In Seattle, where Kevin Mitchell weighed into camp at 253 pounds, the question is, How long will he look like the House That Baby Ruth Built?
In Oakland, where Carney Lansford called Rickey Henderson "a cancer" this spring, the question is, Do you suppose Lansford was just speaking, you know, astrologically?
In Minnesota, where Cy Young runner-up Scott Erickson was hot and cold in 1991, the question is, Will he be Great Scott this summer or suck it up like ScotTowels?
In Texas, where the pitching is suspect and George W. Bush is boss, the question is, Will Bobby Witt and Kevin Brown finally get it all together or will they follow the lead of their owner's father and go hurl in Japan?
Spring training raised more questions than it answered in this division, which any one of five teams could win. Perhaps it's good that the West is so confusing. "I wish I knew who was going to win," says World Series hero Kirby Puckett of the Twins. "Then I wouldn't show up." And we would all be the poorer for that.
1. CHICAGO WHITE SOX
Little more than a month ago the White Sox were mere Tube Sox to new manager Gene Lamont. "I had really only seen the team on videotape," he says. "But I liked what I saw."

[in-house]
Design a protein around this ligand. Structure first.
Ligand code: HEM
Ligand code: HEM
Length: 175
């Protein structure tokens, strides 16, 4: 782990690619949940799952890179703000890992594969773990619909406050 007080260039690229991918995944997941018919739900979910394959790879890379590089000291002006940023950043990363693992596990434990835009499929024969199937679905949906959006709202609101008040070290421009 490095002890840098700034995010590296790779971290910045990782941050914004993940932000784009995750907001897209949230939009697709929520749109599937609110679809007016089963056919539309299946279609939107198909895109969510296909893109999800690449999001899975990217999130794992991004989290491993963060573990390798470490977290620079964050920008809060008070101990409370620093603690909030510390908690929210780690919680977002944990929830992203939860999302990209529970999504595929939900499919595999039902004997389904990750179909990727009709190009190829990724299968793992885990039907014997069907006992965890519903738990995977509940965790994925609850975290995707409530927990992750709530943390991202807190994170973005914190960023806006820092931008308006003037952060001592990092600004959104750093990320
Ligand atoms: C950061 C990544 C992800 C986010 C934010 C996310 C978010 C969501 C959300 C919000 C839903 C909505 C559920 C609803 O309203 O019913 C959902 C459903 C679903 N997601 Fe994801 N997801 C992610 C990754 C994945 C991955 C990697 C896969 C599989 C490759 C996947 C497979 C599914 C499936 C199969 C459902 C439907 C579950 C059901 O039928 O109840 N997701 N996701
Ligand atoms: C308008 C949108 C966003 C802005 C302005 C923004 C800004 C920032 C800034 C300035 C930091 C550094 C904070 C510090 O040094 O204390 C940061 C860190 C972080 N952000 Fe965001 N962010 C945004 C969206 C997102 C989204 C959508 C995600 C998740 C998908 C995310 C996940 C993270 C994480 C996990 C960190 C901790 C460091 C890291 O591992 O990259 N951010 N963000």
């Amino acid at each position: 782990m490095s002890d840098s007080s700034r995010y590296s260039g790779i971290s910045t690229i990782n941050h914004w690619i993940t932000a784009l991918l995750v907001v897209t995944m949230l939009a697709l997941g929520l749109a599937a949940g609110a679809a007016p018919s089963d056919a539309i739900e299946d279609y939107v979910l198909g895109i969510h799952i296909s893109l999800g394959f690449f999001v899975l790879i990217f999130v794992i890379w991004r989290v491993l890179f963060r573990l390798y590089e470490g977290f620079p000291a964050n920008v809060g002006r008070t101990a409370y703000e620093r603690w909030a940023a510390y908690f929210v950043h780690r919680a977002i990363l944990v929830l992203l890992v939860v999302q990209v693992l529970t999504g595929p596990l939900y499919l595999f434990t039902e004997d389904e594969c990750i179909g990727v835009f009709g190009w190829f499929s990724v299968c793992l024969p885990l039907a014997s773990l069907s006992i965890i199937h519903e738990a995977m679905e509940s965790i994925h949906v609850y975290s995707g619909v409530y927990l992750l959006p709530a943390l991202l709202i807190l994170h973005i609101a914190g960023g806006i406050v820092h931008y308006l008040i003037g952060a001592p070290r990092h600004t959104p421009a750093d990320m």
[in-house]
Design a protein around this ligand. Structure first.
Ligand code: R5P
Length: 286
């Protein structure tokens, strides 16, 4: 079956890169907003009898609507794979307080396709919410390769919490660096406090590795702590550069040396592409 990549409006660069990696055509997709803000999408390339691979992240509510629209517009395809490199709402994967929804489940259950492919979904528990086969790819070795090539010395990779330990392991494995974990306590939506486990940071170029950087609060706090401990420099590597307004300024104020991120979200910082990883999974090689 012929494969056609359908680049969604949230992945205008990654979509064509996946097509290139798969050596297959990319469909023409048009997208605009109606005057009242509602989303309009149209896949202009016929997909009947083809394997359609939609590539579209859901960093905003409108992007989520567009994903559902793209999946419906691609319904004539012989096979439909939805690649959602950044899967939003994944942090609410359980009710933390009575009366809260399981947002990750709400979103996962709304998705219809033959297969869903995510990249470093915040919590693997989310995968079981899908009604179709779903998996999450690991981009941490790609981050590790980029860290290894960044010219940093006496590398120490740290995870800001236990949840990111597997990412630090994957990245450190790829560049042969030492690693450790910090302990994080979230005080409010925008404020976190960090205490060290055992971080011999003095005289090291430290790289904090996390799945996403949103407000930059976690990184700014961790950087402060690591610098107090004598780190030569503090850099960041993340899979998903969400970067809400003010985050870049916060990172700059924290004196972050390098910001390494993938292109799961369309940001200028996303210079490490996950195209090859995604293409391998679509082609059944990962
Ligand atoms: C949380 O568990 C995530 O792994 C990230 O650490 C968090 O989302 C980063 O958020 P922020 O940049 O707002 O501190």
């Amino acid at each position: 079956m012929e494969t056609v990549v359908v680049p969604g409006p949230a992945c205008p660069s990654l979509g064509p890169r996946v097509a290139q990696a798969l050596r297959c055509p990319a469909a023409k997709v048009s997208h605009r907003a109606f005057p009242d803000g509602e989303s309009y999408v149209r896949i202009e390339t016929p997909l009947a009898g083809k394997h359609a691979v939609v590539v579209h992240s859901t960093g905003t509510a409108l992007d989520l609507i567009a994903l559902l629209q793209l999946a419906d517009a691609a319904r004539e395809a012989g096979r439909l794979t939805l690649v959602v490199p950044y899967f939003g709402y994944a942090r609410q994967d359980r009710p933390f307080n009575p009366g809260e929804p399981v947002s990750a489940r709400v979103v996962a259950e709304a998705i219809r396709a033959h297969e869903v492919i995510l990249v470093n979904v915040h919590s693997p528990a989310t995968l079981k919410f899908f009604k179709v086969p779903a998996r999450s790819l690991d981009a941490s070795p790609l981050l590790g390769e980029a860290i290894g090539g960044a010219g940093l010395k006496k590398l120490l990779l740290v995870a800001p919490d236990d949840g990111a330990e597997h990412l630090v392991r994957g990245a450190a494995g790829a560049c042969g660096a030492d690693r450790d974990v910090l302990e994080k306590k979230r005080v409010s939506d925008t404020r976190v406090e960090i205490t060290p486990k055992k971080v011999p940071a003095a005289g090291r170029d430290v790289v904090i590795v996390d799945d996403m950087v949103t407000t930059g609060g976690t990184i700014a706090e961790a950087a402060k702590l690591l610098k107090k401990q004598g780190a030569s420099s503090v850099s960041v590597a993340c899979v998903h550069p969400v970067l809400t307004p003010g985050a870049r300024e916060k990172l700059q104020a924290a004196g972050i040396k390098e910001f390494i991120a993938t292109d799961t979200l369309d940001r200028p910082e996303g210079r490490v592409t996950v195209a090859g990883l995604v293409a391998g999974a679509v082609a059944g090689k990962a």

Well, then, personal introductions are in order. Your team, Gene: At the corners you have Frank Thomas and Robin Ventura, a tag team that combined last season for 55 home runs, 209 RBIs, a .300 average and a collective 47 years of life experience. Hospital bed sheets don't have corners this sharp.
"We have a lot of young talent," notes your new second baseman, Steve Sax, who was acquired after hitting .304 for the Yankees last season. "But it's young, proven talent."
Indeed. Twenty-six-year-old Jack McDowell was the youngest Opening Day pitcher in the league last season, during which he led the junior circuit in complete games and was second to Roger Clemens in innings pitched.